ATHENS, Ga. -- Talk about a slam dunk.
Most college students dream of getting a final exam with
questions such as: How many points is a 3-pointer worth?
That was among the questions on basic basketball knowledge on
the final exam -- and only test -- in Georgia assistant basketball
coach Jim Harrick Jr.'s Coaching Principles and Strategies of
Basketball class in 2001.
The 20-question test and transcripts of interviews with some of
the students in Harrick's class were among 1,500 pages of documents
released Wednesday by the university in its response to the NCAA
about rules violations in the basketball program.
The university agreed with the NCAA's findings, which included
violations of academic fraud and improper benefits.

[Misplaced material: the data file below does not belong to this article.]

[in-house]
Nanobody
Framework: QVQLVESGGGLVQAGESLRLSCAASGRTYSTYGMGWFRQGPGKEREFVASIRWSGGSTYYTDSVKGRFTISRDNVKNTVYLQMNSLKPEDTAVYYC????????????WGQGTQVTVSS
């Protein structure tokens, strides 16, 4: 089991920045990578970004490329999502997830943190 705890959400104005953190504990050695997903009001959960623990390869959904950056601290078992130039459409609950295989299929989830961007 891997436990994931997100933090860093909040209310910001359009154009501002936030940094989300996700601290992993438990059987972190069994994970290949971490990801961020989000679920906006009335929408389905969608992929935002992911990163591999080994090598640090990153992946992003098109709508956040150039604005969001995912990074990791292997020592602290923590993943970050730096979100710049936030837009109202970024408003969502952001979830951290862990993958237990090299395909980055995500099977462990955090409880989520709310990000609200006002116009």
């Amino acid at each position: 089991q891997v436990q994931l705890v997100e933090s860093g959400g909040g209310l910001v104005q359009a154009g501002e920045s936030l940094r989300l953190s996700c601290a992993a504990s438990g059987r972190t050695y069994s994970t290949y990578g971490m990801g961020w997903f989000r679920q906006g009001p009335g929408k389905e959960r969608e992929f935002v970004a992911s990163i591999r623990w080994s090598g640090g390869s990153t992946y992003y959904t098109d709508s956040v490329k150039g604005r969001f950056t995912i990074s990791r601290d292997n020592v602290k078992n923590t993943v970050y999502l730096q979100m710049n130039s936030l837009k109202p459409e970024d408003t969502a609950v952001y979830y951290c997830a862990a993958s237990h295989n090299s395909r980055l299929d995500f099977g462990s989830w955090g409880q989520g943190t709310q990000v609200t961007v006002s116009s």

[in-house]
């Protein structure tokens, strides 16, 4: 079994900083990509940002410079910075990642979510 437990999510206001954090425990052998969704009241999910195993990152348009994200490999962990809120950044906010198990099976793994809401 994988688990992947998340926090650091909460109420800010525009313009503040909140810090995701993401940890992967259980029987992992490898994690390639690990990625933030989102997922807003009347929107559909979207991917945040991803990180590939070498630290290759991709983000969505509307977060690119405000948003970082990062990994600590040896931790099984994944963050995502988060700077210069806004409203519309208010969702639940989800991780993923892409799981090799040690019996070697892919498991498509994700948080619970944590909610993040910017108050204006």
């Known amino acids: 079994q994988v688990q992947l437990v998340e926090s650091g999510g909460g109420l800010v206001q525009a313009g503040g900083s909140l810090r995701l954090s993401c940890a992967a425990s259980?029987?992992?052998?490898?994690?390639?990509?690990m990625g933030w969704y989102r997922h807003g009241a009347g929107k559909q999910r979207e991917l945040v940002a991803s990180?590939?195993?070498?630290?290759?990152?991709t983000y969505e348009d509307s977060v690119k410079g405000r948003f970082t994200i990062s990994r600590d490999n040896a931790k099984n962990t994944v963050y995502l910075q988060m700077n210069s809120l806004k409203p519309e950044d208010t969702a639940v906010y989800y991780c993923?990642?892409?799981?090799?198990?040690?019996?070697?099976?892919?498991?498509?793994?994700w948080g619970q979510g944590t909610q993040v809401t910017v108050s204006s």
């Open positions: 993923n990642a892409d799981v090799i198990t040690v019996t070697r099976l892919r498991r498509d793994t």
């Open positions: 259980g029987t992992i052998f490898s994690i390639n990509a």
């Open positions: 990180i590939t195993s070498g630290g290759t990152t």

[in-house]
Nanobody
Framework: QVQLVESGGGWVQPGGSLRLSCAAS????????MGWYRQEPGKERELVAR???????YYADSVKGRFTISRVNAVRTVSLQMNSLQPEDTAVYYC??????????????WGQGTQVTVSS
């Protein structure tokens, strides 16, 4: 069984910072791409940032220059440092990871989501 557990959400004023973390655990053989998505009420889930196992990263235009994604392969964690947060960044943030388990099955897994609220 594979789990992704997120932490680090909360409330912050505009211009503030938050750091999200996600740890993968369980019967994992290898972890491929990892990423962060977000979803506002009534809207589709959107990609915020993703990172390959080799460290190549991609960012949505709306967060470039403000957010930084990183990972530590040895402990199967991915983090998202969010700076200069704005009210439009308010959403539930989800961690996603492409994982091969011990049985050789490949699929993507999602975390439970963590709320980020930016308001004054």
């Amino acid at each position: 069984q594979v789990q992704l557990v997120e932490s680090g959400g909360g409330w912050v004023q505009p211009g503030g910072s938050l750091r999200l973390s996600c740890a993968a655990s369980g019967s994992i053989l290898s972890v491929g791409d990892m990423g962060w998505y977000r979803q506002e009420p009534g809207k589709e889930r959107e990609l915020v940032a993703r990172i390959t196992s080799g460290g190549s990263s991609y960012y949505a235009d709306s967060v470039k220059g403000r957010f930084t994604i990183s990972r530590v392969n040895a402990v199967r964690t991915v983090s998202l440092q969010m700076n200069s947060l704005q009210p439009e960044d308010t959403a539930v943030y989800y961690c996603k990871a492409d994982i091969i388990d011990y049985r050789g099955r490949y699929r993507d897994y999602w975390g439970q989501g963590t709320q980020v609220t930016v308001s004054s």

Harrick's father, Jim Sr., was suspended, then resigned as
coach. The younger Harrick lost his job as an assistant, and the
school kept the team out of the Southeastern Conference and NCAA
The NCAA concluded Harrick Jr. "fraudulently awarded grades of
A to three men's basketball student-athletes" enrolled in the
course he taught in 2001, allowing them to miss class and tests.
Harrick Jr. also allegedly provided an extra benefit to student
athletes by the manner in which he conducted the course, the NCAA
An attorney for the Harricks said Wednesday that Harrick Jr.
would not comment. A federal lawsuit filed last week accuses
university officials and others of defamation.
The names of Harrick's students who were interviewed were
blacked out in the papers.
All the students in the class were given an A grade, according
to the documents.